As with everything there are pros and cons. For the poor man or one who only needs forks once every blue moon especially without a quick hitch option the chain on option is as about as good as it gets for us.

  8. #18
    Platinum Member cartod's Avatar
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    Northern, West Virginia
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    JD 3320,255

    Default Re: Clamp On Pallet Forks

    Meteorites?

    Bolt on forks take the weight out past the pivot point by at least a foot! Anyone that wants to use there forks to pick up weight knows what that means. Weight further away is not good.

    The forks need to be as close to the pivot as they can get for safety and for capacity period!!!!

  9. #19
    Epic Contributor k0ua's Avatar
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    Branson, Mo.
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    Kioti DK35se Hydrostat

    Default Re: Clamp On Pallet Forks

    My 2 cents.. I have owned clamp on forks.. Had trouble keeping them clamped on they wanted to pivot with side pressure etc.. converted them to chain on forks.. much better option as then they stayed on. They work OK and are useful. They have downsides, as others have pointed out. I sold them and got some SSQA forks.. much better visibility, much more lift ability as you are closer to the pins etc.. just as everyone says. Bottom line: If you have no quick attach capability, then by all means get some chain on forks. They are useful, and easy to store etc. If you have SSQA, then by all means get some SSQA forks.. Oh by the way I never bent the bucket with the clamp on configuration or the chain on configuration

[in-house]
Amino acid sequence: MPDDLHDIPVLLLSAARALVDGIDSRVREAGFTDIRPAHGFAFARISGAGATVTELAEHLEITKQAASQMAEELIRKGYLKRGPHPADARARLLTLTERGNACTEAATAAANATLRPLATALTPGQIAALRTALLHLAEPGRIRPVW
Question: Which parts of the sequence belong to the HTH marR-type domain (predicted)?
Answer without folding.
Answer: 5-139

.. Not saying it is not possible, but I don't think it is a big likelihood in normal usage.

    James K0UA
    James KUA

    Kioti DK35se hydrostat with 2 QA buckets, 48 inch. King Kutter Rotary Cutter. 750 lbs ballast box. Loaded tires, Construction Attachments SSQA Lightweight Pallet forks. EA 50 inch single lid "wicked" Grapple. Satisfied Everlast PA160 welder owner How to add a link to a post . Best way to search TBN


  10. #20
    Super Member 94BULLITT's Avatar
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    Frederick County, VA
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    Kubota BX2360 & L4240 HSTC

    Default Re: Clamp On Pallet Forks

    Try checking at the rental companies. Sunbelt and RSC have a used section on their website and have seen forks for $300 on there before but nothing local for me.
    Quote Originally Posted by PhysAssist View Post
    Yeah and we could all get hit by meteorites too!

    No, sorry, one of my instructors said that so often in response to "could be's" that I can never resist it when I hear or read could be statements.

    As I already said, there IS visibility with CHAIN-ON forks- you know where your forks are by where the chains are located on your beucket, and then you can easily learn to gauge where the tips are from that.

    I agree it's not like driving a forklift, but most of us AREN'T going to be doing that kind of fork intensive work, or we'd already have a forklift.

    The occasional pallet lift is not difficult with chain-on forks, with a little common sense and practice.

    Just my opinion- as a guy who HAS chain-on forks,
    Thomas
    You can tell where the forks are but it is hard to see the skid and how the forks are going into it. It would be harder to tell if you need to curl the bucket. They would be okay for level ground. I live on uneven terrain they would be hard to use. It would be good option if you do not have a quick attach and are lifting light stuff.


    Quote Originally Posted by k0ua View Post
    Oh by the way I never bent the bucket with the clamp on configuration or the chain on configuration
    .. Not saying it is not possible, but I don't think it is a big likelihood in normal usage.

    James K0UA
    I think the bigger the tractor and the larger the load the more likely you would be to bend the bucket.